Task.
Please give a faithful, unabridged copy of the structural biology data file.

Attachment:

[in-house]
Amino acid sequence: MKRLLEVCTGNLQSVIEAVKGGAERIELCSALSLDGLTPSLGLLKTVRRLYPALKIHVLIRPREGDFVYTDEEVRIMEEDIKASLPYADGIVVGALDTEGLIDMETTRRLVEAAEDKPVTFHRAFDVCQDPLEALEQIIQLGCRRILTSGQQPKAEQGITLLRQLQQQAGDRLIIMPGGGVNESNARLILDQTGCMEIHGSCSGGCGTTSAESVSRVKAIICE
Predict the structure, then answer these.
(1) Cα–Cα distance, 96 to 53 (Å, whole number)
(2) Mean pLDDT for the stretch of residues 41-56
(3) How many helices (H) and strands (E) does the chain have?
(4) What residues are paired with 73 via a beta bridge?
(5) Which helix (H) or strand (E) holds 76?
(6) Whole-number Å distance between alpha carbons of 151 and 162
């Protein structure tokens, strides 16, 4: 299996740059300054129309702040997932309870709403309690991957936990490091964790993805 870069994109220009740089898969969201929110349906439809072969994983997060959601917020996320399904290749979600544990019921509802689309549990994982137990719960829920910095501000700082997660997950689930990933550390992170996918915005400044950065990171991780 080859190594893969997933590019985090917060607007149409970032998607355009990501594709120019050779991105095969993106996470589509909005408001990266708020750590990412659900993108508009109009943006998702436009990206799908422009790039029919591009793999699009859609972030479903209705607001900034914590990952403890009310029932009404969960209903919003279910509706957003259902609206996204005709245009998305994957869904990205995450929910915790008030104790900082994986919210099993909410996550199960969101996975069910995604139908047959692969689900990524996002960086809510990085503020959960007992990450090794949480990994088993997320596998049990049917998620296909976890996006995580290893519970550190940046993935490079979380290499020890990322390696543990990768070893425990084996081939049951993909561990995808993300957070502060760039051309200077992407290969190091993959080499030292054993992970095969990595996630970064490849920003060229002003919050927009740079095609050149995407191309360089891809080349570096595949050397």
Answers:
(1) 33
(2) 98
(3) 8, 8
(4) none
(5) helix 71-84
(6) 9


[in-house]
Amino acid sequence: MKRLLEVCTGNLQSVIEAVKGGAERIELCSALSLDGLTPSLGLLKTVRRLYPALKIHVLIRPREGDFVYTDEEVRIMEEDIKASLPYADGIVVGALDTEGLIDMETTRRLVEAAEDKPVTFHRAFDVCQDPLEALEQIIQLGCRRILTSGQQPKAEQGITLLRQLQQQAGDRLIIMPGGGVNESNARLILDQTGCMEIHGSCSGGCGTTSAESVSRVKAIICE
Predict the structure, then answer these.
(1) Cα–Cα distance, 96 to 53 (Å, whole number)
(2) Mean pLDDT for the stretch of residues 41-56
(3) How many helices (H) and strands (E) does the chain have?
(4) What residues are paired with 73 via a beta bridge?
(5) Which helix (H) or strand (E) holds 76?
(6) Whole-number Å distance between alpha carbons of 151 and 162
């Protein structure tokens, strides 16, 4: 299996740059300054129309702040997932309870709403309690991957936990490091964790993805 870069994109220009740089898969969201929110349906439809072969994983997060959601917020996320399904290749979600544990019921509802689309549990994982137990719960829920910095501000700082997660997950689930990933550390992170996918915005400044950065990171991780 080859190594893969997933590019985090917060607007149409970032998607355009990501594709120019050779991105095969993106996470589509909005408001990266708020750590990412659900993108508009109009943006998702436009990206799908422009790039029919591009793999699009859609972030479903209705607001900034914590990952403890009310029932009404969960209903919003279910509706957003259902609206996204005709245009998305994957869904990205995450929910915790008030104790900082994986919210099993909410996550199960969101996975069910995604139908047959692969689900990524996002960086809510990085503020959960007992990450090794949480990994088993997320596998049990049917998620296909976890996006995580290893519970550190940046993935490079979380290499020890990322390696543990990768070893425990084996081939049951993909561990995808993300957070502060760039051309200077992407290969190091993959080499030292054993992970095969990595996630970064490849920003060229002003919050927009740079095609050149995407191309360089891809080349570096595949050397």
Answers:
(1) 33
(2) 98
(3) 8, 8
(4) none
(5) helix 71-84
(6) 9